DNA could have caught Plymouth rapist over a decade ago, says ex-cop
A FORMER detective in charge of the manhunt for rapist Shaun Harrison has criticised Devon and Cornwall Police over potential DNA mistakes.
Stewart Butler, a retired Detective Sergeant, told The Herald that Harrison should have been picked up over a decade ago.
As reported in The Herald, the 46-year-old was this week jailed for two rapes in 1989 and 1995.
But his DNA was added to the National DNA Database – launched in 1995 – for a driving offence in 2000.
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Harrison was eventually arrested and charged in January 2011 following a bizarre and false confession by another man.
Harrison, from Orchard Road, North Prospect, was jailed for a total of 12 years for the September 1989 rape of a teenage girl in Eastlake Street and the rape of another woman outside a city nightclub in 1995.
The case was referred to the Independent Police Complaints Commission (IPCC) by Devon and Cornwall Police in June 2011.
Mr Butler said he was surprised Devon and Cornwall Police had said the re-investigation was as a result of a "cold case review", and not a remarkable piece of luck.
The ex-detective said he was contacted by investigators who had returned to the case in late 2010 following a peculiar visit.
Mr Butler said he was told by a detective that a man had approached Devonport police claiming he had had a plate put in his head as a result of an accident, and it was telling him to confess to the rape of a young woman in the city centre in the late 1980s.
The detective checked the police's central registry archive for the years either side and found several boxes of files labelled "Rape - Old Town Street".
However, Mr Butler said he was told the DNA swab taken from the confessor was not a match for the DNA taken from the victim's dress in 1989. It was, however, a perfect match for Shaun Harrison's 2000 sample.
At his trial – which The Herald could not report on at the time due to a court order – the jury was told by prosecuting barrister Sean Brunton that Harrison's DNA was put on the National DNA Database in late 2000 after he was arrested for a driving offence.
But Mr Butler said he could not understand why that did not alert police to the rapist's identity.
He said: "DNA was very much a large part of our investigations back in 1989. This was not the only rape case I investigated where DNA was used and people were charged and found guilty in court.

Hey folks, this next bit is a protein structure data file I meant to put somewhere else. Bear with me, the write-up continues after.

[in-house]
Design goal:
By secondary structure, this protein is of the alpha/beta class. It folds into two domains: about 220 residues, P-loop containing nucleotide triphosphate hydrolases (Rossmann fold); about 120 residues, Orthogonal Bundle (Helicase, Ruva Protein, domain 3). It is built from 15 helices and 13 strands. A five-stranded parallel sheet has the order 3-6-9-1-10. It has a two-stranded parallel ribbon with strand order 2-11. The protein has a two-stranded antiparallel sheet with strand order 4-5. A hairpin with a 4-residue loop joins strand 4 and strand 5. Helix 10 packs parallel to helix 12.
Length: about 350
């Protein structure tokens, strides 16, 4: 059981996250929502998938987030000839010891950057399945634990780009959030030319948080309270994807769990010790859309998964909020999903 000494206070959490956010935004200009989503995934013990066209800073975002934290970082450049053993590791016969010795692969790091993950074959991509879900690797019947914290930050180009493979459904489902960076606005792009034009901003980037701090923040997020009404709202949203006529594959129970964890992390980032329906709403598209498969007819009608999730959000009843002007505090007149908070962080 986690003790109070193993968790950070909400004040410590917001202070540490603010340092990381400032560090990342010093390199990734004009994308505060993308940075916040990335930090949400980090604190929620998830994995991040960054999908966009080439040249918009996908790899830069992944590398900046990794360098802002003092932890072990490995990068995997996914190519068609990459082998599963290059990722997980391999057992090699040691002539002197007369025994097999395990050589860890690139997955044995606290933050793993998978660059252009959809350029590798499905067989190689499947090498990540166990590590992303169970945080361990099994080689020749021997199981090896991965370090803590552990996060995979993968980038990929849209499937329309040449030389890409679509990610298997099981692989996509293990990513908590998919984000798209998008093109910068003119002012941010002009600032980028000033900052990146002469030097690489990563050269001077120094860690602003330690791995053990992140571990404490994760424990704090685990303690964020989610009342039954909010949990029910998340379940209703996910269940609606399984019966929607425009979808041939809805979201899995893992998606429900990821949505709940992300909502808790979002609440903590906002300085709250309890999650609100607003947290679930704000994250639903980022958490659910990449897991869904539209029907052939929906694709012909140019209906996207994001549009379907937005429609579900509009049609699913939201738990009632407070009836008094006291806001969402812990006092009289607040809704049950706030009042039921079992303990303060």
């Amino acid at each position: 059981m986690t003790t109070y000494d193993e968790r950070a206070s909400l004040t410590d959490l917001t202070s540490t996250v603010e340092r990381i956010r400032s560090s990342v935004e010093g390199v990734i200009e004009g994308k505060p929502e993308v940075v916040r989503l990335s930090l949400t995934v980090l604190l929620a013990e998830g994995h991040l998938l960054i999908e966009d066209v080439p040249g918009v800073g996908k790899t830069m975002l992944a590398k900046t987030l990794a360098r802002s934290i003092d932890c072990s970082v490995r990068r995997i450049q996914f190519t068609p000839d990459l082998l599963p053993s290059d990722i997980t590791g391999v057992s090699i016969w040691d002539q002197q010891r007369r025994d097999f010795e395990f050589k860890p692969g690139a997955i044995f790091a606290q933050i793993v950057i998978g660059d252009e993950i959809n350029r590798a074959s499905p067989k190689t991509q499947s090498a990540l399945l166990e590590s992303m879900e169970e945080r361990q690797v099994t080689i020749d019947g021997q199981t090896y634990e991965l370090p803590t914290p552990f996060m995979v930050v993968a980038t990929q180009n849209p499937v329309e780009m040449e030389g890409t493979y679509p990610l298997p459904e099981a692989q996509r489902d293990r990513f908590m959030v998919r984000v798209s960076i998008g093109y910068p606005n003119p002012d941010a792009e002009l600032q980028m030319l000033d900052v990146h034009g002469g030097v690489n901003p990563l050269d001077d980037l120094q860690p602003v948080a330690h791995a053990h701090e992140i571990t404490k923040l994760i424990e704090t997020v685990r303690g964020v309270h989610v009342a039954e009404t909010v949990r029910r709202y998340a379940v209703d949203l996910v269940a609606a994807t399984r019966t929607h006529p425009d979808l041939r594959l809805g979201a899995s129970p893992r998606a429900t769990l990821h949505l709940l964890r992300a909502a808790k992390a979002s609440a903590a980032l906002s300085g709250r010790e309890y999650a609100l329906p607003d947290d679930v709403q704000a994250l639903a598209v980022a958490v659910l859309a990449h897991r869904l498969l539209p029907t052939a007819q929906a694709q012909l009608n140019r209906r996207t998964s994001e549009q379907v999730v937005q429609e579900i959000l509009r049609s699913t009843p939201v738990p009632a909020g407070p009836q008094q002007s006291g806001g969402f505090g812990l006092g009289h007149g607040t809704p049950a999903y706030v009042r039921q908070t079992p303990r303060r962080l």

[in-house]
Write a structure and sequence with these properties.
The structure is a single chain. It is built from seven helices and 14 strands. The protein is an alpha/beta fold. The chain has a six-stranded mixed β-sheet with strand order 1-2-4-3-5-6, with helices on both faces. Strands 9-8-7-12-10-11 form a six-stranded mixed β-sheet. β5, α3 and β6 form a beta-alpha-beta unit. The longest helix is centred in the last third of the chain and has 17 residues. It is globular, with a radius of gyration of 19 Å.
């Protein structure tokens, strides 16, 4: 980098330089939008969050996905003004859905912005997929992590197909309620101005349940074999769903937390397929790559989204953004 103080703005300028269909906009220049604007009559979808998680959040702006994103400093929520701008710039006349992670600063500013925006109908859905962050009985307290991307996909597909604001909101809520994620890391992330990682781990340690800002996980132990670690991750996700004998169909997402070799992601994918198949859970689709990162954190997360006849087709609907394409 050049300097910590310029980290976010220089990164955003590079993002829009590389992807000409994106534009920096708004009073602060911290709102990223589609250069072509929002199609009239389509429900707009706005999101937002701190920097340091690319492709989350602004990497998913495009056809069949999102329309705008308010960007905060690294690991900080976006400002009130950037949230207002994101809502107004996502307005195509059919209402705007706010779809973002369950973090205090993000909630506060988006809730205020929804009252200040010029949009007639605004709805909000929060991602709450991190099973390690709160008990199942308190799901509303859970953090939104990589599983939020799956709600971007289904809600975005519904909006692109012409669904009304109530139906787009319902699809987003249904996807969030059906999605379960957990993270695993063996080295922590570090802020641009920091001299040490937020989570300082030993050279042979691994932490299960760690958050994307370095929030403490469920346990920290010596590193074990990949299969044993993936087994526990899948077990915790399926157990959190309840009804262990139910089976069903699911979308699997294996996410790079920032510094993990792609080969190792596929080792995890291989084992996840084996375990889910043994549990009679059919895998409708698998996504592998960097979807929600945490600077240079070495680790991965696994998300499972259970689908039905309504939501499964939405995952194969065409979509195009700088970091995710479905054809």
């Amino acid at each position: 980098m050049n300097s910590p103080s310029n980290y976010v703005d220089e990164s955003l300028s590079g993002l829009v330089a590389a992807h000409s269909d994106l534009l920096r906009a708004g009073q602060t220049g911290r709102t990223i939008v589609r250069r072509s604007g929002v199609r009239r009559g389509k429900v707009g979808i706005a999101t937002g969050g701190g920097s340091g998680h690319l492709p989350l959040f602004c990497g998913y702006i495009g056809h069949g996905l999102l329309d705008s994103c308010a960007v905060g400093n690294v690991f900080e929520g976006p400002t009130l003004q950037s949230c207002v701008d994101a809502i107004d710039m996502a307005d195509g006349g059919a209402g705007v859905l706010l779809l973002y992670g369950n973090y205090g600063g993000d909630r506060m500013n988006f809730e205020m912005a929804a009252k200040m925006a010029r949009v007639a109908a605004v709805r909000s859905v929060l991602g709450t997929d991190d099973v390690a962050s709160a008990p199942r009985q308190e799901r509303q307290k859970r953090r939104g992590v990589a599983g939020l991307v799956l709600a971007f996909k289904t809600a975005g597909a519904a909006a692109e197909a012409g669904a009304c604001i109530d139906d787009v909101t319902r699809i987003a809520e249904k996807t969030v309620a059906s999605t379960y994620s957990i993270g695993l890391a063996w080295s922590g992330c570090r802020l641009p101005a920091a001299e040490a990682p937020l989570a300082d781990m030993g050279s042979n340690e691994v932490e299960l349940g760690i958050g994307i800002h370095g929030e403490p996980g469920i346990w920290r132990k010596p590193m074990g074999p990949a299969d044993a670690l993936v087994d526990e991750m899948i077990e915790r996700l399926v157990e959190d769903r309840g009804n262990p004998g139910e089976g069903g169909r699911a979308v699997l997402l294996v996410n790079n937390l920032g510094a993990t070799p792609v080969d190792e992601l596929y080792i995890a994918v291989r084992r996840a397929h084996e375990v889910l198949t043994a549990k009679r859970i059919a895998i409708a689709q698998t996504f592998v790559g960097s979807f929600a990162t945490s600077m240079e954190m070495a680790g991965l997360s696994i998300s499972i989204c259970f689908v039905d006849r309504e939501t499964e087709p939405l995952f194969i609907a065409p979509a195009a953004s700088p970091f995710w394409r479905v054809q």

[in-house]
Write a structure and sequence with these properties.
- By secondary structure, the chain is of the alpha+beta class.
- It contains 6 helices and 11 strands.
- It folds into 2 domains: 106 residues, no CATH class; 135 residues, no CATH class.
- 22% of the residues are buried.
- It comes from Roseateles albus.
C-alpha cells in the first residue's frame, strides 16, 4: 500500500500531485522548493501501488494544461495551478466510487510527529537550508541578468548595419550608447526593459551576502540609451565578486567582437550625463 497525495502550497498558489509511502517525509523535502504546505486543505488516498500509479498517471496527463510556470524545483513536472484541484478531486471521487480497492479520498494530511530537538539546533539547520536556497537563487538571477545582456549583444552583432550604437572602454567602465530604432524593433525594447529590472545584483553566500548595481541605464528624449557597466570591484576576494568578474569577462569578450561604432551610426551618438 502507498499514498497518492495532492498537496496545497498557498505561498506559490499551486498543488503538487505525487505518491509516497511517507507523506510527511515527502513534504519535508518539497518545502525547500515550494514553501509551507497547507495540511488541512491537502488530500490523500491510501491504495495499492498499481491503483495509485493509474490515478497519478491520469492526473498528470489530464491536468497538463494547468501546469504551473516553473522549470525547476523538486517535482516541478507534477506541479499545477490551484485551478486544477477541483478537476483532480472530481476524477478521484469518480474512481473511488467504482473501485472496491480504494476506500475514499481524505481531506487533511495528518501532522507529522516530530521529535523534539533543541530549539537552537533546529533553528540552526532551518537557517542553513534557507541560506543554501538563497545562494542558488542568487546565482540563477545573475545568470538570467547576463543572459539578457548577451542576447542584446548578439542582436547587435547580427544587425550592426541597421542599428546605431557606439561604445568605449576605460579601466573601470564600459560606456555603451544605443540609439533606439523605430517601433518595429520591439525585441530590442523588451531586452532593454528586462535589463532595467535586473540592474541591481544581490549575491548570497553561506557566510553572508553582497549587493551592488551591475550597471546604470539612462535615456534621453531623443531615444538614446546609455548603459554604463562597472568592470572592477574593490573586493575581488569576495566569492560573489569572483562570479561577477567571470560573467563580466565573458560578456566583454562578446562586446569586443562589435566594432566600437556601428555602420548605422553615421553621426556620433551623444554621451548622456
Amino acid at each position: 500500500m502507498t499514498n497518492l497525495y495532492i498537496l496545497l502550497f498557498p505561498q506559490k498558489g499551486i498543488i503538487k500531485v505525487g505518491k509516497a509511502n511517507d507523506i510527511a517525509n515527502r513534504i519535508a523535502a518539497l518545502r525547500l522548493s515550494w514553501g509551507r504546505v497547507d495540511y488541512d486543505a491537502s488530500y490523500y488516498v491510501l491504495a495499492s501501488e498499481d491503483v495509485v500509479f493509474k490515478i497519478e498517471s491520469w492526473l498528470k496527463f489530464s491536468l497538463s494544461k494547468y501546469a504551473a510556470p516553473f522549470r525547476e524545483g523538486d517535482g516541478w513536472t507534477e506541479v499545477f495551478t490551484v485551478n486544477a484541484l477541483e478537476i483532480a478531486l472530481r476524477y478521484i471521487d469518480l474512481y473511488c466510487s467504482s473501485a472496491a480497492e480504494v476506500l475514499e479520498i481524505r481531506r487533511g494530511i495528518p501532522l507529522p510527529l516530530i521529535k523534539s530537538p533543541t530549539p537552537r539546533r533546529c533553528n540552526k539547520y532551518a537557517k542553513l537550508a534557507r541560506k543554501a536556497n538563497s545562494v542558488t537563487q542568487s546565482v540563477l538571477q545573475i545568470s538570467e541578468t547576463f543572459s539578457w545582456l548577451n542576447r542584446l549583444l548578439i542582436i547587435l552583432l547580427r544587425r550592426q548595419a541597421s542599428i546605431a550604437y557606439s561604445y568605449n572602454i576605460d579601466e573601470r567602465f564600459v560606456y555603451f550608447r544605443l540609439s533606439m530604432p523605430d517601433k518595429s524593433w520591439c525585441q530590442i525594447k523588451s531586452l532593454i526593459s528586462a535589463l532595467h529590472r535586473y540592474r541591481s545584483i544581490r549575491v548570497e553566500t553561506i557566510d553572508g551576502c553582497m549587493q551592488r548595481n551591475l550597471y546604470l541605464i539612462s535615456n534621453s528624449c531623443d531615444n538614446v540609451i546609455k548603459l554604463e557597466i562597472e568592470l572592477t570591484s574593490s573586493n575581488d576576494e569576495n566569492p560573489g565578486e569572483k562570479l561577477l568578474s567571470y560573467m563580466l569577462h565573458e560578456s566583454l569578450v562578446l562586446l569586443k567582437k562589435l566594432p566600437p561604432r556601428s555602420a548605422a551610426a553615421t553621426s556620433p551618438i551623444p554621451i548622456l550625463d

"I retired in 1996 and I always knew that this suspect would come up again."
Mr Butler said the case had preyed on his mind for years.
"As soon as the officer called me saying he wanted to speak to me about an old case, I knew which one," he said. "Fortunately, when a barrister was asked to review the original case files, I was told they found it to be 'exemplary', which made a much stronger case against Harrison.
"We had covered everything, every CCTV camera, every possible witness, we had even gone to BBC's Crimewatch.
"When the detective told me Harrison had a previous conviction, I couldn't understand why he hadn't been picked up.
"Ever since I was told of Harrison's arrest, I've been concerned about what has gone wrong.
"Something is not right. Did it [Harrison's first DNA sample from 1989] go on the National DNA Database or not? If it did, why wasn't Harrison caught in 2000? If it didn't, then why not?
"It means this rapist was able to remain free to target other women.
"If this has happened once with Devon and Cornwall Police, then how many other times has it happened, and has it happened with any other forces?"
Mr Butler said he hoped the IPCC report – which is expected to be published in the next two weeks – will provide answers.
"Despite this, I'm absolutely delighted that even after 23 years this man has been found guilty and sentenced," he added.
The Herald has learned that Harrison was convicted of another offence in 2005, but was not forced to give a DNA sample.
A spokesman for Devon and Cornwall Police said the force was unable to comment on questions regarding Harrison's DNA samples until the completion of the IPCC's investigation.